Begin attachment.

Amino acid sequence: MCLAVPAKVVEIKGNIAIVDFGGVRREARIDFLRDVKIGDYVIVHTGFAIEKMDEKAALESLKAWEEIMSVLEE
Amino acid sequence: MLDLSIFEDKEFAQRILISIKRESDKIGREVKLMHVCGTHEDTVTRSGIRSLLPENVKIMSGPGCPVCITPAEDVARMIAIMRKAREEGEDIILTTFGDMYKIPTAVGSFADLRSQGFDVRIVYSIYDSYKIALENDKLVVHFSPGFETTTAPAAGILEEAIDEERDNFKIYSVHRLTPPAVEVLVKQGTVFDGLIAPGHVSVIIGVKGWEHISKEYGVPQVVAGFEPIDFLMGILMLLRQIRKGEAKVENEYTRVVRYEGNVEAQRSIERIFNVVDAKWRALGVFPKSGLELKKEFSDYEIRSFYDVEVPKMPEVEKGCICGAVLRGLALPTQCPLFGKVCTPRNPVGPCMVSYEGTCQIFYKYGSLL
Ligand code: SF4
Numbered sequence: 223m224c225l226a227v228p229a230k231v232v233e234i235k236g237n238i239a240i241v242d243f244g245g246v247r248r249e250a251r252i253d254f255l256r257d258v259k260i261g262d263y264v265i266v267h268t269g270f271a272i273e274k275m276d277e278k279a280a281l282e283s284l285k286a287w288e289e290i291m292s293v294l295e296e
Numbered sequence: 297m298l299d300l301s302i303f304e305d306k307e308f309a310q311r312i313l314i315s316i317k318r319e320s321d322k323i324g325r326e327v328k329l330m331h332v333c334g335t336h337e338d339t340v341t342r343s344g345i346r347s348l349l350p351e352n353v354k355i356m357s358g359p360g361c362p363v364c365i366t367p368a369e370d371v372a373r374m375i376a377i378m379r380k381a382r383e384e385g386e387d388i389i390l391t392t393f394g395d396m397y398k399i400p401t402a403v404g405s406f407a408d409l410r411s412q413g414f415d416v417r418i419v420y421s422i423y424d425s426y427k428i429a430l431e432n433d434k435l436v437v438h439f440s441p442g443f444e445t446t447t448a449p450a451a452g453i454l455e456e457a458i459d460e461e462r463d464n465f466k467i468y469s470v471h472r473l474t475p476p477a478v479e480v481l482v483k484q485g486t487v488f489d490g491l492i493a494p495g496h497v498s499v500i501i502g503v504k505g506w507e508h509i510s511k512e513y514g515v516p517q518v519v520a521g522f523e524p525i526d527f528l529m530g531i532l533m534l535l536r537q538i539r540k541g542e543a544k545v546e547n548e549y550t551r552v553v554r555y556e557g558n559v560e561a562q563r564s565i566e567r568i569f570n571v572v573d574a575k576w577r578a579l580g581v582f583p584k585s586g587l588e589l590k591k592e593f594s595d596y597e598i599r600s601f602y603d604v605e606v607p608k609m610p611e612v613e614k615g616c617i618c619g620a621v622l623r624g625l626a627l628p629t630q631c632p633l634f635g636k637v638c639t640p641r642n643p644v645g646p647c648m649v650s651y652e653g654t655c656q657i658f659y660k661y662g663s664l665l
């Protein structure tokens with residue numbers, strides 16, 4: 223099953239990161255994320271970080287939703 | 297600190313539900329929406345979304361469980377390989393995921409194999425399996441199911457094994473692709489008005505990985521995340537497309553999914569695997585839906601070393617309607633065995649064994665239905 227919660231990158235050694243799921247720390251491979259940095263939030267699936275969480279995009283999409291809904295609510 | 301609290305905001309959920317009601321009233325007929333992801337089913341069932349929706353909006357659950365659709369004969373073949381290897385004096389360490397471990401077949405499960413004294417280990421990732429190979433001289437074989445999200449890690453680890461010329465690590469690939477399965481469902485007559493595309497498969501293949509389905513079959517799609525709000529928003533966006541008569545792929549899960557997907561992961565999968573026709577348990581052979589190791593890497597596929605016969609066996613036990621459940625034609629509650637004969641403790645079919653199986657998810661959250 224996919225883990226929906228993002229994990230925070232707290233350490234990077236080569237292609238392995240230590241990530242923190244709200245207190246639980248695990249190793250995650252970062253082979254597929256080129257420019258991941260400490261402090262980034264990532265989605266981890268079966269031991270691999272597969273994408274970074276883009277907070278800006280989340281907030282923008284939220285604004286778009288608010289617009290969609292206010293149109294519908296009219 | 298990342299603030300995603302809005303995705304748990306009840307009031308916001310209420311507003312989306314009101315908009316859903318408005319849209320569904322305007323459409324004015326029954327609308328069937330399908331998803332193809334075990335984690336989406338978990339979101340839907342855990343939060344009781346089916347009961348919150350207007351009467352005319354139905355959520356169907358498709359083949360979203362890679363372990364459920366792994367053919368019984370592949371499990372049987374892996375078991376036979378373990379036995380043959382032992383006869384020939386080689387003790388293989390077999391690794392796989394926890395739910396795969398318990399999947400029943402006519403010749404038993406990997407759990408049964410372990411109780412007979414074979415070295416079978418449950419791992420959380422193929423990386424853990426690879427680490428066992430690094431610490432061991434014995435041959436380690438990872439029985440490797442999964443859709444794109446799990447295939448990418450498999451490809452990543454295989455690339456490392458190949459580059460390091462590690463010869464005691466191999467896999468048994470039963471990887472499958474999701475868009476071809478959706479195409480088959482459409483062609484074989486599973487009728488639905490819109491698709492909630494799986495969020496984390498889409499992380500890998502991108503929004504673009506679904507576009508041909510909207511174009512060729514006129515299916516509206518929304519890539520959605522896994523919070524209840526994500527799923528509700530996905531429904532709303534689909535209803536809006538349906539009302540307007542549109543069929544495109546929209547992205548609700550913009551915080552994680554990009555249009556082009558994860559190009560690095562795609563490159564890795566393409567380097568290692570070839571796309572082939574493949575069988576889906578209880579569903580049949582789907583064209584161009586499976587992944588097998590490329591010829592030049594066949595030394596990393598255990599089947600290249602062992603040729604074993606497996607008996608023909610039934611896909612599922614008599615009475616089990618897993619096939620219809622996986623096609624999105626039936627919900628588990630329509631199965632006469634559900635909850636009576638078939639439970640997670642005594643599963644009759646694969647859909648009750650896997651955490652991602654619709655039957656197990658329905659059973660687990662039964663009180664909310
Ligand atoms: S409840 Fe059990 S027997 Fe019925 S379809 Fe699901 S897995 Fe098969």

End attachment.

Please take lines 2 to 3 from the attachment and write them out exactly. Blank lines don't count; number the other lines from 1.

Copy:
Amino acid sequence: MLDLSIFEDKEFAQRILISIKRESDKIGREVKLMHVCGTHEDTVTRSGIRSLLPENVKIMSGPGCPVCITPAEDVARMIAIMRKAREEGEDIILTTFGDMYKIPTAVGSFADLRSQGFDVRIVYSIYDSYKIALENDKLVVHFSPGFETTTAPAAGILEEAIDEERDNFKIYSVHRLTPPAVEVLVKQGTVFDGLIAPGHVSVIIGVKGWEHISKEYGVPQVVAGFEPIDFLMGILMLLRQIRKGEAKVENEYTRVVRYEGNVEAQRSIERIFNVVDAKWRALGVFPKSGLELKKEFSDYEIRSFYDVEVPKMPEVEKGCICGAVLRGLALPTQCPLFGKVCTPRNPVGPCMVSYEGTCQIFYKYGSLL
Ligand code: SF4